Monticello Dam is a concrete arch dam located outside the town of Winters in eastern Napa County, California. The 93-meter high dam was constructed between 1953 and 1957 and is located on the Putah Creek, which impounds it to form Lake Berryessa, California’s seventh-largest artificial lake. Monticello Dam is an important water source for farms in the Sacramento Valley and Solano County, including in Suisun, Vallejo, Fairfield, and Vacaville cities. It also supplies electricity to much of the North Bay area and cleans water for residents of Napa, Yolo, and Lake Counties. Monticello Dam is regulated by an uncontrolled spillway locally known as “Glory Hole.”
Structure Of The Monticello Dam
Monticello Dam is a medium-thick concrete arch reservoir with a total height of 93 meters above its foundation, making it the US's 22nd tallest concrete arch dam and the shortest dam in California. It rises 73 meters above the riverbank and has a crest length of 312 meters. The dam’s base is 30 meters thick, which tapers to 3.7 meters at the crest. The reservoir has a surface area of about 8,400 hectares and can hold up to 19.76 cubic kilometers of water when full. It can contain water up to a height of 130 meters, after which the excess water flows over the spillway. Almost 0.5 cubic kilometers of water flows into the reservoir every year from its 1,470-square-kilometer watershed.
Monticello Dam Spillway
Monticello Dam has a funnel-like spillway known as “Glory Hole” where excess water in the dam flows into the Putah Creek. The spillway, situated behind the dam, is a drop inlet structure and was selected as the dam’s outlet because of the firm rock foundation and limited space. The Glory Hole measures 22 meters at lake level and 8.5 meters at the point of water exit. When the water in the dam rises above 130 meters, the excess water begins to flow into the spillway. The water drops down the about 60-meter funnel then makes a 90-degree turn into the Putah Creek, which feeds the Yolo Bypass.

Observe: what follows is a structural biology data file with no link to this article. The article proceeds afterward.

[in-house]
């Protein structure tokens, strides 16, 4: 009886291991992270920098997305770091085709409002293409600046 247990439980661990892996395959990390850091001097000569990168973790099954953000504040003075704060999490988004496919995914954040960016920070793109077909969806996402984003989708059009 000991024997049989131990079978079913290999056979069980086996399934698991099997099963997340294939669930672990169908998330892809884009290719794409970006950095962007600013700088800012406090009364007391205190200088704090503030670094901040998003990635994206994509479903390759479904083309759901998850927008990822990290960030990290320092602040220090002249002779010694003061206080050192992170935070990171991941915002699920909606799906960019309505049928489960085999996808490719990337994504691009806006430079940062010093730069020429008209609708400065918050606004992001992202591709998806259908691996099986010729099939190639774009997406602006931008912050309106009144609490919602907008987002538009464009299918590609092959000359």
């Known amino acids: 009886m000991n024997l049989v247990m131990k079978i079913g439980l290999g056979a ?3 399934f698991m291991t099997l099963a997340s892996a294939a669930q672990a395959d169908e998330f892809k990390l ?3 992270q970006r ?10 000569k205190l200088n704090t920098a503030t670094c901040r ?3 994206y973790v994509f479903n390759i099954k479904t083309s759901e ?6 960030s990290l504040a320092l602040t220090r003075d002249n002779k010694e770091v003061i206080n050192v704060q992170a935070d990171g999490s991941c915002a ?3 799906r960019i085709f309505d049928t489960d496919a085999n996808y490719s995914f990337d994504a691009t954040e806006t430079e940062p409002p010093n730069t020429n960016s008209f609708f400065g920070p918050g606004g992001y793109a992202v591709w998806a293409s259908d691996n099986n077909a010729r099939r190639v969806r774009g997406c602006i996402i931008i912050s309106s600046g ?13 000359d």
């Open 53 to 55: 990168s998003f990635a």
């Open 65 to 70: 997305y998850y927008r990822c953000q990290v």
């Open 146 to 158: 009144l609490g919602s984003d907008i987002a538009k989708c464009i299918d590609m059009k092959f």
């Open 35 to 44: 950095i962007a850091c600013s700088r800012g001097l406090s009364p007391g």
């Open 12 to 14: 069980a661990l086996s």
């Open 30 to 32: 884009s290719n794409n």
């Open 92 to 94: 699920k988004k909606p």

The Glory hole can drain up to 1,370 cubic meters of water per second. However, water rarely spills over the spillway because the dam is never full most of the time. The last time the spillway was active was on February 26, 2019. The California Authority prohibits swimming since swimmers can easily be swept down the funnel.
History Of The Monticello Dam
Monticello Dam was built on fertile agricultural land as part of the mega Solano Project, whose aim was to provide irrigation water for 39,000 hectares of farmland in Yolo and Solano Counties. Although the land, where the project sits, was farmed since the early 19th century, it lacked a reliable water supply, especially in summer. The federal government authorized the Solano Project on November 11, 1948, with the land purchase finalized in 1953.
Initially, Monticello residents opposed the dam’s construction in the area citing social ties with their town. However, they finally agreed to the project, with some residents moving out by 1956 and others staying on until the dam’s completion. The initial stages of the construction involved relocating over 300 graves to higher grounds and cutting down trees in the area. The reservoir was completed on November 7, 1957. It was first filled about five years later, on April 18, 1963. Monticello is now completely covered by the artificial lake, with some of its ruins visible when the water levels are low.